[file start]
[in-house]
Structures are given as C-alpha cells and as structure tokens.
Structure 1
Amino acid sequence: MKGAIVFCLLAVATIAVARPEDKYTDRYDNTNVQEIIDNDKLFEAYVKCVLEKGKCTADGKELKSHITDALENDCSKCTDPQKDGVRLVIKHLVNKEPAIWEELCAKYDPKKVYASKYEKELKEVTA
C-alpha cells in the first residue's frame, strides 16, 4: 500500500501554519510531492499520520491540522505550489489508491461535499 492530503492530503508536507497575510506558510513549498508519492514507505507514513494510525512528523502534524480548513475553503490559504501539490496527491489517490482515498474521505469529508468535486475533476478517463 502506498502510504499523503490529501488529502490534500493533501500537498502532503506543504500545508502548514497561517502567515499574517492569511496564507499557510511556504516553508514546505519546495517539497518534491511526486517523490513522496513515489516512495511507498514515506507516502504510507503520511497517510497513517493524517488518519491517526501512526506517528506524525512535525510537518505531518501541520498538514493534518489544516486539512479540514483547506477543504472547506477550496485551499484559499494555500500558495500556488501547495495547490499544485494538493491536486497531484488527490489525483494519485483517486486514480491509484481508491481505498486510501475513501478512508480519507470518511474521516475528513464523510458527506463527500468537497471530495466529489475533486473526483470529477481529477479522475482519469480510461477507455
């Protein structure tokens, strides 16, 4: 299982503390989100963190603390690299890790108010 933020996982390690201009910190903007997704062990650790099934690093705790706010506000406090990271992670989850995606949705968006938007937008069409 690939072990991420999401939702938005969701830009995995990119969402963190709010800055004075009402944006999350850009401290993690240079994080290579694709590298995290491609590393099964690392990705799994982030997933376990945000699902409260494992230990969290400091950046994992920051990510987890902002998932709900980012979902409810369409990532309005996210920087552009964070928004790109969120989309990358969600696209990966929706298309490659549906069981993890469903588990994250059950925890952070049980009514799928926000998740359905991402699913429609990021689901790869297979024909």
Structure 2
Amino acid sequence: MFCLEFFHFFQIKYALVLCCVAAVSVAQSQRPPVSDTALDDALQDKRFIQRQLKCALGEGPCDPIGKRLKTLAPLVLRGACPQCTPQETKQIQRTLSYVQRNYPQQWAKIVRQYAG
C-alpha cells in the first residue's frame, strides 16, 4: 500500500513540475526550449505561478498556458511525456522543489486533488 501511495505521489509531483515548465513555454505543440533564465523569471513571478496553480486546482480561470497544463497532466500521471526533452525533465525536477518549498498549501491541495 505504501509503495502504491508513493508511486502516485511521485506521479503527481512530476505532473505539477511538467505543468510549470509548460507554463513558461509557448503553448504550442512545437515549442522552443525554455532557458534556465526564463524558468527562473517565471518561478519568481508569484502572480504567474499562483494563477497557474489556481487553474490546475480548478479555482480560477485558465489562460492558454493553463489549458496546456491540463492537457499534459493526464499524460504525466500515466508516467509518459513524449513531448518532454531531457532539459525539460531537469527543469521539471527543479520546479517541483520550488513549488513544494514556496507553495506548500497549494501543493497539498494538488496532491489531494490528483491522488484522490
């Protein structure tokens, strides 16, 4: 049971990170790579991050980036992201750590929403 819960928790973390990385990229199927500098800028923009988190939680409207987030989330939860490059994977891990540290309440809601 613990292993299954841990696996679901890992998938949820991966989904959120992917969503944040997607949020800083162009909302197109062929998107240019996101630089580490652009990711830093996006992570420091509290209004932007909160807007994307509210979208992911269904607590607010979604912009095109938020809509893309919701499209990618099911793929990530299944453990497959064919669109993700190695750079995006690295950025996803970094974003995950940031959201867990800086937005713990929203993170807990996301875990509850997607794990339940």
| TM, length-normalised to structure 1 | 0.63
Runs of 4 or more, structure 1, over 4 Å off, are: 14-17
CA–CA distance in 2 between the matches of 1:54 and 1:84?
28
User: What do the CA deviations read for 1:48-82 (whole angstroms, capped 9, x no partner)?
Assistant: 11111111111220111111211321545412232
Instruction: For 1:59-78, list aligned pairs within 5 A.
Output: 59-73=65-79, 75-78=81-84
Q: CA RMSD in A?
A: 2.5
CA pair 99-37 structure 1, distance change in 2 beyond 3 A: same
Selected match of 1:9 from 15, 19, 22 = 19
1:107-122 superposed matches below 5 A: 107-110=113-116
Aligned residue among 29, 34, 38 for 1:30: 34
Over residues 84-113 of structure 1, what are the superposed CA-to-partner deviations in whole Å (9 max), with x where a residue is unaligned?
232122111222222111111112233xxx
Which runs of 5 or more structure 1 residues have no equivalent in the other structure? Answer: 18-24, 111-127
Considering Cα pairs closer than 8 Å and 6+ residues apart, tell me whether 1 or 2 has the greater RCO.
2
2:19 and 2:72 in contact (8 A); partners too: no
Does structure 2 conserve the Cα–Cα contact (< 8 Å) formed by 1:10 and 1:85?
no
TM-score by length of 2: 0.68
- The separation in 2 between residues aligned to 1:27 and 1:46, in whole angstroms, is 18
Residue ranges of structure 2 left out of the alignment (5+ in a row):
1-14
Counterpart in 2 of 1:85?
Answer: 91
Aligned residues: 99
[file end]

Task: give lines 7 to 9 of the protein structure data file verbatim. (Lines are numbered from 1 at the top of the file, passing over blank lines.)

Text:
Structure 2
Amino acid sequence: MFCLEFFHFFQIKYALVLCCVAAVSVAQSQRPPVSDTALDDALQDKRFIQRQLKCALGEGPCDPIGKRLKTLAPLVLRGACPQCTPQETKQIQRTLSYVQRNYPQQWAKIVRQYAG
C-alpha cells in the first residue's frame, strides 16, 4: 500500500513540475526550449505561478498556458511525456522543489486533488 501511495505521489509531483515548465513555454505543440533564465523569471513571478496553480486546482480561470497544463497532466500521471526533452525533465525536477518549498498549501491541495 505504501509503495502504491508513493508511486502516485511521485506521479503527481512530476505532473505539477511538467505543468510549470509548460507554463513558461509557448503553448504550442512545437515549442522552443525554455532557458534556465526564463524558468527562473517565471518561478519568481508569484502572480504567474499562483494563477497557474489556481487553474490546475480548478479555482480560477485558465489562460492558454493553463489549458496546456491540463492537457499534459493526464499524460504525466500515466508516467509518459513524449513531448518532454531531457532539459525539460531537469527543469521539471527543479520546479517541483520550488513549488513544494514556496507553495506548500497549494501543493497539498494538488496532491489531494490528483491522488484522490